The Hollywood Theatre at 41st & Sandy Boulevard was built by Walter Tebbetts in 1926.


The sign that started it all, the White Satin Sugar Sign on the White Stag Building is shown in 1949. Photo courtesy of Portland Historian and Author Don Nelson. 

Prior to advertising White Stag Sportswear, the White Satin Sugar sign was installed on the roof of the Willamette Tent & Awning Building (forerunner of White Stag) in 1941 in Portland’s Skidmore Old Town Historic District. Pouring sugar was added to the sign in 1950. In 1957, the stag replaced the sugar and the sign was changed to read “White Stag Sportswear.” Then in 1959, the nose on the stag turned red for the first time during the Christmas holidays and this remains a Portland tradition.


The White Stag Sign sat near the west end of the Burnside Bridge for many years before it was changed to advertise the Naito family’s Made in Oregon stores.


The sign was designated an historical landmark in 1978. In 1989, the lettering on the sign was changed from White Stag Sportswear to “Made in Oregon – Old Town,” a reference to the retail chain of the same name that occupied the building for over 15 years.


Recently, the City of Portland accepted ownership of the sign and it simply reads “Portland Oregon – Old Town”.

Here is an excellent view of the current sign by Cathy Cheney at the Portland Business Journal.

yaws-logoa americas-drive-in-font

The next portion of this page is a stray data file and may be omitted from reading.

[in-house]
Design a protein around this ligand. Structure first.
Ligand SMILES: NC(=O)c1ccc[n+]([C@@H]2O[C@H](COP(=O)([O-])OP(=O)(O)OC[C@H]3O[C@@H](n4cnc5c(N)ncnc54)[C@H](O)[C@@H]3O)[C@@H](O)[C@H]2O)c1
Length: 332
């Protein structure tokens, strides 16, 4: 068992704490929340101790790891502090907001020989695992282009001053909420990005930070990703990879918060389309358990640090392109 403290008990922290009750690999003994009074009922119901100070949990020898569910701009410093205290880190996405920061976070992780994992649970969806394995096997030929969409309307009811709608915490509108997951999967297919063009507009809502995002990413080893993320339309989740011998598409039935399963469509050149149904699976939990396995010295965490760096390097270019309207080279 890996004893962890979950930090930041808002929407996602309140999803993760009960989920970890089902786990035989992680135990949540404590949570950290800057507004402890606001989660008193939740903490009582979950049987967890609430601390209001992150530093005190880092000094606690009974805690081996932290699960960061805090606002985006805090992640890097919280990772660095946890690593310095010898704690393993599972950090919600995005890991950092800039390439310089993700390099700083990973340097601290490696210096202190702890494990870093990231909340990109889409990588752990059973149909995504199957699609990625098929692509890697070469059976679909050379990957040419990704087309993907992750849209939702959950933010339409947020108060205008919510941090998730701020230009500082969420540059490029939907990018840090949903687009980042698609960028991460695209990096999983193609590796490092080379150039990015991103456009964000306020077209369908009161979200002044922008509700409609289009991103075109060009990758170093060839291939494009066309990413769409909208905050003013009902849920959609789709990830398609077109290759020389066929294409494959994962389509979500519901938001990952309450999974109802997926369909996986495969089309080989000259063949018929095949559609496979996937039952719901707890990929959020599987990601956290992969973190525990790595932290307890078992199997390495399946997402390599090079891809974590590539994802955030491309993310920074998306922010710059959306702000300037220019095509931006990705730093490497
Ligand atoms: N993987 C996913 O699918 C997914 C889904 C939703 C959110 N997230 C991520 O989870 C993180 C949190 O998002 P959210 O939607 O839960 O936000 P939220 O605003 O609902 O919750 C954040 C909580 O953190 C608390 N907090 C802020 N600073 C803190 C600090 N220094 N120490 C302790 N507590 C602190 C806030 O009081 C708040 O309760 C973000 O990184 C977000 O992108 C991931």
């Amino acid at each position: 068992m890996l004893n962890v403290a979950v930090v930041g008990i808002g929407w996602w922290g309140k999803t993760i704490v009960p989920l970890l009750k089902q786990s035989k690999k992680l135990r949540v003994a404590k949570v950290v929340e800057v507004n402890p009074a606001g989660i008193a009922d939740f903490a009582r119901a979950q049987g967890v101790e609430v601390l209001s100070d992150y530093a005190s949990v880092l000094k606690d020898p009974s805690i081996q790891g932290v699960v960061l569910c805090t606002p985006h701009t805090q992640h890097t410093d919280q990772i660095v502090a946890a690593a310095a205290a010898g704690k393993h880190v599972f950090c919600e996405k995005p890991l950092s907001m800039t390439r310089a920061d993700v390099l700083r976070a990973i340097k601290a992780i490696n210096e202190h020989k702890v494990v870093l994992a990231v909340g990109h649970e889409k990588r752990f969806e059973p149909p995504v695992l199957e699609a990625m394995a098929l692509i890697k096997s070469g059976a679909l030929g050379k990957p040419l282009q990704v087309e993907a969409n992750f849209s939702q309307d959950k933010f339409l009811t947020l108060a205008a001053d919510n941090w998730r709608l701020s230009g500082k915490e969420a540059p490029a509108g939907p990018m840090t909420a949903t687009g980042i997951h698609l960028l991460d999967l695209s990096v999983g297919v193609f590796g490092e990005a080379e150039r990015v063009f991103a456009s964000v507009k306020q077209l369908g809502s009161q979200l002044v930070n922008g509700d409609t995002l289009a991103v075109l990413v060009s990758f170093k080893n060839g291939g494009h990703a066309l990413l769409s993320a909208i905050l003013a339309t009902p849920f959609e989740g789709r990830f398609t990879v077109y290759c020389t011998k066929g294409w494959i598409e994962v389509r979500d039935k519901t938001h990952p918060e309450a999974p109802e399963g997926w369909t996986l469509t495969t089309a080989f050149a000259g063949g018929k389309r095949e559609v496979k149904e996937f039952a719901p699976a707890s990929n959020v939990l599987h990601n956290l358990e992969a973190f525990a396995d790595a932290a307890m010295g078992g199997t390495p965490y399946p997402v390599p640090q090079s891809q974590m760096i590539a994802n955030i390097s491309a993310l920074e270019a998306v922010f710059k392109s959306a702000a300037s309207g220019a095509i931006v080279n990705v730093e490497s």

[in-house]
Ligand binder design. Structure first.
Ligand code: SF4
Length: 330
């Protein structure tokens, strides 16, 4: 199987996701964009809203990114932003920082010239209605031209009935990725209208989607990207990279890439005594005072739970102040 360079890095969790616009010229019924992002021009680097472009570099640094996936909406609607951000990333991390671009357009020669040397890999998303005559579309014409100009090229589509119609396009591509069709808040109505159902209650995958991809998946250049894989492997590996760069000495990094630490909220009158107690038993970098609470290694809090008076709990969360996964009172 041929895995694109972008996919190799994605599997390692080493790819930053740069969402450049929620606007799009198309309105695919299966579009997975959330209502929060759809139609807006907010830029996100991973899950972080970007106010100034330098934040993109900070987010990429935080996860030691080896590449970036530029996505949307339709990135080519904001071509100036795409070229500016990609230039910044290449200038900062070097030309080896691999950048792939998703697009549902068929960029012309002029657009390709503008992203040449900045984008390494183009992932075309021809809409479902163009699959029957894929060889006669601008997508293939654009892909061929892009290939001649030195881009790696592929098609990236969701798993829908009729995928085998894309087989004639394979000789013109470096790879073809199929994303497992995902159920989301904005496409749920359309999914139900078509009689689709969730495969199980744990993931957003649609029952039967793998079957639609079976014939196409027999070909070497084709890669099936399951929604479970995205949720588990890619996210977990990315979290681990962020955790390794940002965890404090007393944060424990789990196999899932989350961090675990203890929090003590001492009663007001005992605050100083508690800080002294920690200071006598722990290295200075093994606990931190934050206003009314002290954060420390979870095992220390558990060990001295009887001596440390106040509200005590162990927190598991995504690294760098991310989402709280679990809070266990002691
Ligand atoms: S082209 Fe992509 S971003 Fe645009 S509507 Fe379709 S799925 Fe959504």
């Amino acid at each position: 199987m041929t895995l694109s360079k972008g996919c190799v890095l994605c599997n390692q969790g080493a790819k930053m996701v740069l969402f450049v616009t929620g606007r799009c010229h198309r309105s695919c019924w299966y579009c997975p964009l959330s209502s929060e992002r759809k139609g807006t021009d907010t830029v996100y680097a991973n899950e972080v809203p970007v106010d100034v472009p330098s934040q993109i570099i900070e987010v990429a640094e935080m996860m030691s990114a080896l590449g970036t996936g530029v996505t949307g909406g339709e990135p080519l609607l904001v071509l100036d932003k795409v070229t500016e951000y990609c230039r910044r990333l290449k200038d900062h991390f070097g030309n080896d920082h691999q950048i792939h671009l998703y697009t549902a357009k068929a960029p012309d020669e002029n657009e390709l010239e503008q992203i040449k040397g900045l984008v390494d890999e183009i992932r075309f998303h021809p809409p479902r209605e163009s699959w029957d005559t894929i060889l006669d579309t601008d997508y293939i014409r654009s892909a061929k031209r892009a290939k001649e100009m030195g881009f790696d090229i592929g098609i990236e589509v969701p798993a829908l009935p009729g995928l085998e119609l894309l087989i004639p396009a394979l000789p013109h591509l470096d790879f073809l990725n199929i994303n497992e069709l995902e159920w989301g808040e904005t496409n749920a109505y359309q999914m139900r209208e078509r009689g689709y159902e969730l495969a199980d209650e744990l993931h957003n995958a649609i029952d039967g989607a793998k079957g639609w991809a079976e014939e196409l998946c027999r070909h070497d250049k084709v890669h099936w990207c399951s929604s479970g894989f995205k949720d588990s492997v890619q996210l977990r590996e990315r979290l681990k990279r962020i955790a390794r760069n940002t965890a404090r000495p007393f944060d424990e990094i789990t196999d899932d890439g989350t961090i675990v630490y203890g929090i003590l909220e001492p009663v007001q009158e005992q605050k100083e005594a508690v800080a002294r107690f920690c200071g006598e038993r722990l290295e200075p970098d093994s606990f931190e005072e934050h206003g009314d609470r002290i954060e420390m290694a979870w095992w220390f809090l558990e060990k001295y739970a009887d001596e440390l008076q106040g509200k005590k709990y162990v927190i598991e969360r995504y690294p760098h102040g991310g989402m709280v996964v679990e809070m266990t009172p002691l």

Yaw’s Top Notch became the place to be or be seen for hundreds of local high school youth. When you drove up for Car Service, a waitress on roller skates would take your order. Bob Svilar the “Tootsie Roll Cop” handed out tootsie rolls to the youth who cruised into the restaurant.

The first location of Yaw’s Top Notch Restaurant opened on July 24, 1926. It began as a small 14-stool restaurant on NE 41st Avenue just off Sandy Blvd in Hollywood. Yaw’s was famous for its burgers, gravy fries and berry tarts. This building was expanded four times in its first four years. Yaw’s would grow to become America’s Drive-In and “The House that Hamburger Built.”

One of Oregon’s longtime eateries, Yaw’s Top Notch, was very popular and it served several generations of Portlanders. W.P. and Grace Yaw opened Yaw’s Top Notch Restaurant in 1926. Soon thereafter Englebert Franz of Portland’s Franz Bakery developed the very first hamburger bun at the request of Yaw’s Restaurant.


This postcard shows the Headquarters of the Apostolic Faith Church at Southwest 6th and Burnside in Portland, circa 1930, after the “Jesus, Light of the World” sign had been electrified. Because there was a church that met in the headquarters building, the sign was originally used at the Apostolic Faith’s first headquarters building downtown at Front and Burnside. At that time, lights were aimed at the letters to illuminate the sign to attract worshippers to their services. Then when the church moved to the new headquarters at 6th and Burnside, the sign was electrified and the words were visible for many blocks. The words are from the Gospel of John.

The international headquarters of the Apostolic Faith Church are now located at the 12.5-acre campground that serves visitors to the headquarters at Southeast 52nd and Duke Street in Portland. On June 29, 2012, the church welcomed about 2,000 Apostolic Faith pastors and worshippers from around the world to the movement’s 101st Annual Camp Meeting at the site. The church claims one million adherents worldwide, but only 5,000 in the United States, with hundreds in Portland—home of the church headquarters.

Last updated 10-22-17